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Federal agents will be coming to St. Louis to help crack down on crime

The federal program was named after LeGend Taliferro, a 4-year-old boy who died while sleeping in his bed after someone shot into his Kansas City home
Credit: The United States Department of Justice
LeGend Taliferro, a 4-year-old boy who was shot and killed on June 29th in Kansas City, MO.

ST. LOUIS — A federal program aimed at reducing violent crime will soon launch in St. Louis.

Operation Legend is named after LeGend Taliferro, a 4-year-old boy who was killed this summer when someone shot into his Kansas City, Missouri home. LeGend was asleep in his bedroom at the time.

Attorney General William Barr described the shooting as “a horrifying reminder that violent crime left unchecked is a threat to us all and cannot be allowed to continue.”

The anti-violent crime program named in LeGend’s memory launched in Kansas City just a couple weeks later. It has since expanded to other cities, including Chicago and Albuquerque.  

RELATED: Federal government to combat violent crime in Kansas City

Barr has directed agents from the FBI, U.S. Marshal Service, Drug Enforcement Administration and the Bureau of Alcohol, Tobacco, Firearms and Explosives to help local law enforcement in fighting violent crimes.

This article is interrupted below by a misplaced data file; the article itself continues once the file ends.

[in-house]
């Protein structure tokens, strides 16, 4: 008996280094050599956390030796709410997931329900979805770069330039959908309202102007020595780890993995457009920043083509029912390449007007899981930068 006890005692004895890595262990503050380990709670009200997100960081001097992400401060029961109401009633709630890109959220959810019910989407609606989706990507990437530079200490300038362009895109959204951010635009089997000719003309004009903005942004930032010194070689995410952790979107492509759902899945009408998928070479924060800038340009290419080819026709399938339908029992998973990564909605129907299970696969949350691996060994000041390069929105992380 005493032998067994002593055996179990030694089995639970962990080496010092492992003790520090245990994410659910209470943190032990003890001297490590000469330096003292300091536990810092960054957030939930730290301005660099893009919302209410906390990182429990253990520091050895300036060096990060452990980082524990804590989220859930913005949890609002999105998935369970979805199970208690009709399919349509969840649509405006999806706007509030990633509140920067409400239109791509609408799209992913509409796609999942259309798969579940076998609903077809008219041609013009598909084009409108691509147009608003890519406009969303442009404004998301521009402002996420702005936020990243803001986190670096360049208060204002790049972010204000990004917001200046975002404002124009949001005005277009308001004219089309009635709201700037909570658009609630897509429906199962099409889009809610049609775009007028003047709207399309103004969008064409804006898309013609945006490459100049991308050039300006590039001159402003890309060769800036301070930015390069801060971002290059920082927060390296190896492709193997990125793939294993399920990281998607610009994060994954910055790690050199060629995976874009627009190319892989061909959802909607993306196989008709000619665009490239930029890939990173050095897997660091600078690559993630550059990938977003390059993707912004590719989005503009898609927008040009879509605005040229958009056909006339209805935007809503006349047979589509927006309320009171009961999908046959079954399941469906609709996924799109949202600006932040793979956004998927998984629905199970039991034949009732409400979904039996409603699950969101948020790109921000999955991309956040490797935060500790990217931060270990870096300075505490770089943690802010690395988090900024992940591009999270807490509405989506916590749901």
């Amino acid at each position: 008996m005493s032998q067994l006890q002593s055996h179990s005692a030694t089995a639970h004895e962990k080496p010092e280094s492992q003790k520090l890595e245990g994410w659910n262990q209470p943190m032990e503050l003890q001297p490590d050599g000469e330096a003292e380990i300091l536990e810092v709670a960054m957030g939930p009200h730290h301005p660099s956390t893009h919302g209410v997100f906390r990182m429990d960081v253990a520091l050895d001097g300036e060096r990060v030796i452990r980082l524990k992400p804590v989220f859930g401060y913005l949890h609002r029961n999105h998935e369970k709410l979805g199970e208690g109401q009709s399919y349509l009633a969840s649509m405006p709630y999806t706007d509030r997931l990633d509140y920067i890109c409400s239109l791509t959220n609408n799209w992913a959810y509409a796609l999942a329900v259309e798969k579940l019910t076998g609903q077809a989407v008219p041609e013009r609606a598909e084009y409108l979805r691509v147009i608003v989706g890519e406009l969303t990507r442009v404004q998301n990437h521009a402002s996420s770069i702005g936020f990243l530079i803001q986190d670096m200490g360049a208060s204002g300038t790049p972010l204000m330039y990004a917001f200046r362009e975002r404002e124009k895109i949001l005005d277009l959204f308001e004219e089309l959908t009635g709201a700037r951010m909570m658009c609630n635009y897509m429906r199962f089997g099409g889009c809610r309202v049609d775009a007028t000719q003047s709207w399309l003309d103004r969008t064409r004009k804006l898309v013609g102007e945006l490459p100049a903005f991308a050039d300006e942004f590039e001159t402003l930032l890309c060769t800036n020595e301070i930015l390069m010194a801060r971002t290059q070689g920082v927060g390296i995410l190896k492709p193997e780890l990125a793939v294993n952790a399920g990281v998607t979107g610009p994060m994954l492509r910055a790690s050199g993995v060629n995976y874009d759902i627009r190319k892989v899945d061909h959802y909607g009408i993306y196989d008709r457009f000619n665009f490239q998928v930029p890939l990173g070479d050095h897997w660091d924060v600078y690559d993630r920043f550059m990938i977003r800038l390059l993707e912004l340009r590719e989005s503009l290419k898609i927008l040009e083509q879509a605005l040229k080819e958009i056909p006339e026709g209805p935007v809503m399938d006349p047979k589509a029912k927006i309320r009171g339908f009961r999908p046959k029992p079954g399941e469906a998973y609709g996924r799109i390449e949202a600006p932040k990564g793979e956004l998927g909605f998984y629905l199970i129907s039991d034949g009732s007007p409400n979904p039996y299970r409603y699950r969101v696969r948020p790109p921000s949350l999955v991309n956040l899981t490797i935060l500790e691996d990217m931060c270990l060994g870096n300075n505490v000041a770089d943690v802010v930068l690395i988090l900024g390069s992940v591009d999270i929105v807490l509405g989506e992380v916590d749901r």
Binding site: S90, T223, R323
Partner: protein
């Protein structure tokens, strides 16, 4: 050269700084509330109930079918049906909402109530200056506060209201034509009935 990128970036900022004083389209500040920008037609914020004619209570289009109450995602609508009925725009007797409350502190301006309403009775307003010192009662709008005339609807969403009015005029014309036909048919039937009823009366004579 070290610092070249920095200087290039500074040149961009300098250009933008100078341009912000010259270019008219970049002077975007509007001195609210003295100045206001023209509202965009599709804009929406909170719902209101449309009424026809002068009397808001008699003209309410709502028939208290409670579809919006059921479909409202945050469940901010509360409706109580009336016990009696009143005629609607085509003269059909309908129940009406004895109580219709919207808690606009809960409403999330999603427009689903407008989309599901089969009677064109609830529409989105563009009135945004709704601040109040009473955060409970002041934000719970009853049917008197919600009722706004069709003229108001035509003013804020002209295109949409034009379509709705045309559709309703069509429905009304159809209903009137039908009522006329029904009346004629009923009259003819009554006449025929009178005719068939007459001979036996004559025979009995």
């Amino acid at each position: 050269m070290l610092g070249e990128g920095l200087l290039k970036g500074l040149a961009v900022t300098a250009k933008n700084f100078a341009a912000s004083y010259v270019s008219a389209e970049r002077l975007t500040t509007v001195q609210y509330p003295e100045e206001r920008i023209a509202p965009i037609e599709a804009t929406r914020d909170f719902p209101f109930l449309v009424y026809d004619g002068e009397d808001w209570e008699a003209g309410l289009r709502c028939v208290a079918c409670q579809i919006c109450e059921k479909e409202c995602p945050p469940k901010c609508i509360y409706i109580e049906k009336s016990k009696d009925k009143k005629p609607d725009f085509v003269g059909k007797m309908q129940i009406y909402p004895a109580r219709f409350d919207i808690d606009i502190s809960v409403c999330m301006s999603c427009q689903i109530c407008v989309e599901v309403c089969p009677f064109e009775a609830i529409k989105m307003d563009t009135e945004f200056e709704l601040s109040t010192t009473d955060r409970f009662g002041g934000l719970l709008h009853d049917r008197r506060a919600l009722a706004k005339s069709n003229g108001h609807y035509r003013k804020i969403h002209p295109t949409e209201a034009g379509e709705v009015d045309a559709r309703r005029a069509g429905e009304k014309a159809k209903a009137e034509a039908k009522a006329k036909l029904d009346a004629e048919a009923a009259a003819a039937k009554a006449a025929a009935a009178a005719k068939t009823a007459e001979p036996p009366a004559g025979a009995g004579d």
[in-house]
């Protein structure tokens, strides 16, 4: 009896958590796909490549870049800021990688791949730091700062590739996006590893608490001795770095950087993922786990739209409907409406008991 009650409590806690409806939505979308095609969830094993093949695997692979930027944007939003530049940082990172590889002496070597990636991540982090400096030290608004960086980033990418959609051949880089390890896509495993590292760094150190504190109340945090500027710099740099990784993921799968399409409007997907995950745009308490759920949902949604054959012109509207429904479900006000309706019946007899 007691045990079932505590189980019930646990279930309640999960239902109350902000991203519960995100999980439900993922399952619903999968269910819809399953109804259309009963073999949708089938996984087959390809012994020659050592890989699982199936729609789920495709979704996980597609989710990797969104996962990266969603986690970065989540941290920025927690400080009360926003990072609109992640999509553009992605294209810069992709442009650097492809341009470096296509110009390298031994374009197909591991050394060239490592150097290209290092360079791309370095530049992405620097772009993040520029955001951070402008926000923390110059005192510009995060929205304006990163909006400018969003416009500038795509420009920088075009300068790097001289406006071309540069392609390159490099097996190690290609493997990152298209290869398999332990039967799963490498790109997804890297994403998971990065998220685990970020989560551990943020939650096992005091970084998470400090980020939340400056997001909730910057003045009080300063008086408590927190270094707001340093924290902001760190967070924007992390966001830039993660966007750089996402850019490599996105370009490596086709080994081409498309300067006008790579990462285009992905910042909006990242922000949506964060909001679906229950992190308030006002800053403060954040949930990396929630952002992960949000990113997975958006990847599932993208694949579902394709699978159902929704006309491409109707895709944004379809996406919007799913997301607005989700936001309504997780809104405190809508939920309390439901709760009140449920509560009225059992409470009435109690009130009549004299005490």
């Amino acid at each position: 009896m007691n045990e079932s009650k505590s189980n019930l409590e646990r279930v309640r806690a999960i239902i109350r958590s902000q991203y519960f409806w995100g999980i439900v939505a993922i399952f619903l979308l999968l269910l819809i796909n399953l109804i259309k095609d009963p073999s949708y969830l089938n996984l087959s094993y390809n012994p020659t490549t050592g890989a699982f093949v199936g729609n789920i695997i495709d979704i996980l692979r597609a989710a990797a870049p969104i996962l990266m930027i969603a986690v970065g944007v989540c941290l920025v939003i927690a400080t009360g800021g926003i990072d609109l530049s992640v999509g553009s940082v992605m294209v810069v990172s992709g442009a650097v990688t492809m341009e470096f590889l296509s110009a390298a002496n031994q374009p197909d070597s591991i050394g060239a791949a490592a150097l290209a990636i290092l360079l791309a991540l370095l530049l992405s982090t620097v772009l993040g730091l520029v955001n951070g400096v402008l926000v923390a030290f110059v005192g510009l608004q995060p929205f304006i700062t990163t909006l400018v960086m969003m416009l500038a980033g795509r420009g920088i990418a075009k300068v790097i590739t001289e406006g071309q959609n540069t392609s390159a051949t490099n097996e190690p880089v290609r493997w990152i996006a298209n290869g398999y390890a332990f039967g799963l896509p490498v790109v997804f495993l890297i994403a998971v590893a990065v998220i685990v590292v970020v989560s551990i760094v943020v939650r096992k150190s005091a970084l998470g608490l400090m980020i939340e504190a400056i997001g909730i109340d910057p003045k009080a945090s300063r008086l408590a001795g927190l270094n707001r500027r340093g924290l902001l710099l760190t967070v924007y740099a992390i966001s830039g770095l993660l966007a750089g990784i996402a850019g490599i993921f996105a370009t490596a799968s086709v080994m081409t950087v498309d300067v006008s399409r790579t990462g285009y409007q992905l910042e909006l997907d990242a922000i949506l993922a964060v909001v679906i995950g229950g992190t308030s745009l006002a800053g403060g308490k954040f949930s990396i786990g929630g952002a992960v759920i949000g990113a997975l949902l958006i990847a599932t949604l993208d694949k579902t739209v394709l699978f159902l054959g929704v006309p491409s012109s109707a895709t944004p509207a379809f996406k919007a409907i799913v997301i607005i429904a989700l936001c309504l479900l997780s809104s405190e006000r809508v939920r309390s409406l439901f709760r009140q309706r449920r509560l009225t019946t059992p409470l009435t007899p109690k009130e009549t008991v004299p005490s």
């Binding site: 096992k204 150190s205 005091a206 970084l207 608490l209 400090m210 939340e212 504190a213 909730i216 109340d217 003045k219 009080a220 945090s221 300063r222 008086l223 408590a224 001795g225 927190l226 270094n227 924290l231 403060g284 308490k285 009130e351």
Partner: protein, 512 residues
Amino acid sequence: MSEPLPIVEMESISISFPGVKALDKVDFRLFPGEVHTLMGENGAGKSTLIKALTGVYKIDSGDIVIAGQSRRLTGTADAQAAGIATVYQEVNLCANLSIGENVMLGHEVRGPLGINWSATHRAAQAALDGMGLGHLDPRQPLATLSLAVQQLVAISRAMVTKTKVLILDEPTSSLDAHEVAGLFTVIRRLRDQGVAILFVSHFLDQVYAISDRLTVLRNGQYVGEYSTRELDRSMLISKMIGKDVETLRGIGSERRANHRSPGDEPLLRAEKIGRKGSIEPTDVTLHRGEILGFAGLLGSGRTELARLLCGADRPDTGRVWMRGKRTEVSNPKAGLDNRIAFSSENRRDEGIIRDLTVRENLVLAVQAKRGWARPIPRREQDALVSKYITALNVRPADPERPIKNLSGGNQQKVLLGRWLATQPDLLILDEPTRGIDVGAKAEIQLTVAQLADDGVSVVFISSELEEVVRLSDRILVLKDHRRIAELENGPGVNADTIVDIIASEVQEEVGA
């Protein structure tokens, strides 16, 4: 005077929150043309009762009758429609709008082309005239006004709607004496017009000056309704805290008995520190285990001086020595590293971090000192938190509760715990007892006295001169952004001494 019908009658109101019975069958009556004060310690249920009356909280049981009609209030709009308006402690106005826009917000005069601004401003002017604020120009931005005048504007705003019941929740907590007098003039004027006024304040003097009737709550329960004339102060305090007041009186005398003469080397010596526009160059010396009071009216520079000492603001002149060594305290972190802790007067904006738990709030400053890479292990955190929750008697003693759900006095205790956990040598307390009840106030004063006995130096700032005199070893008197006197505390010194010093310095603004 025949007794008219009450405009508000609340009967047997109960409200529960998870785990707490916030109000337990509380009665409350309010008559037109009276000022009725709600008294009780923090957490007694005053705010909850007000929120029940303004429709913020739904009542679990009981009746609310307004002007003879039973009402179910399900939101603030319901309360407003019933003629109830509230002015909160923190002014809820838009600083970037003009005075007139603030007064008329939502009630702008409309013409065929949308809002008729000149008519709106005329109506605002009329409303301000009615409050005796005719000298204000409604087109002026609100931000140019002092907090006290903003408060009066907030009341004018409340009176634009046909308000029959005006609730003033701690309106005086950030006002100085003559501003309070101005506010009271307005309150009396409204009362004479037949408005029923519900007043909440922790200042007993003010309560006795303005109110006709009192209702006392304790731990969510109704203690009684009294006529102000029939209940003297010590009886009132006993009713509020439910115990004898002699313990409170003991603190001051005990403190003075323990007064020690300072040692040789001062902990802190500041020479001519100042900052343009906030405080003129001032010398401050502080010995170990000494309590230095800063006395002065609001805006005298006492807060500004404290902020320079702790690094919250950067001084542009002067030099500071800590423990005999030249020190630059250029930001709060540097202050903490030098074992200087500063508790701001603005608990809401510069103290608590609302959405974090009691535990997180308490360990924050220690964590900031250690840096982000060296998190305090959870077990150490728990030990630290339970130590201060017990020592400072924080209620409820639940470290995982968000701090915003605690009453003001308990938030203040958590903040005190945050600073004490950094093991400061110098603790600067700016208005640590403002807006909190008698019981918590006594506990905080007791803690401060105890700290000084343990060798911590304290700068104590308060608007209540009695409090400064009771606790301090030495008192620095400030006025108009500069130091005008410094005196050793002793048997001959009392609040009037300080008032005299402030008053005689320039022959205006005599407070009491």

U.S. Attorney Jeff Jensen is expected to make the announcement Thursday afternoon at the St. Louis Metropolitan Police Department headquarters downtown, according to a news release from the Department of Justice.

The announcement is set for 1:30 p.m. Missouri Governor Mike Parson also is expected to attend.

The addition of the program in Kansas City has been largely welcomed by law enforcement and state officials.

The Kansas City Police Department and the state attorney general's office both said they support the effort.

"We are all committed to lowering violent crime and bringing justice to the families of those victims of violent crime,” said city police spokesman Jacob Becchina.

Several civil rights organizations in the area have criticized the operation, arguing that minority residents who already don't trust local officers will be even less likely to cooperate with federal agents.

Gwendolyn Grant, president and CEO of the Urban League of Greater Kansas City, said she doubts the federal officers will be used only to help solve crimes and reduced violence.

“We want it stopped, but we don’t believe this is the way to get it done. It’s just going to create more violence, and our fear is a lot of that will be dealt with by law enforcement that we don’t trust.”

RELATED: Federal operation in Kansas City welcomed by law enforcement, opposed by civil rights groups

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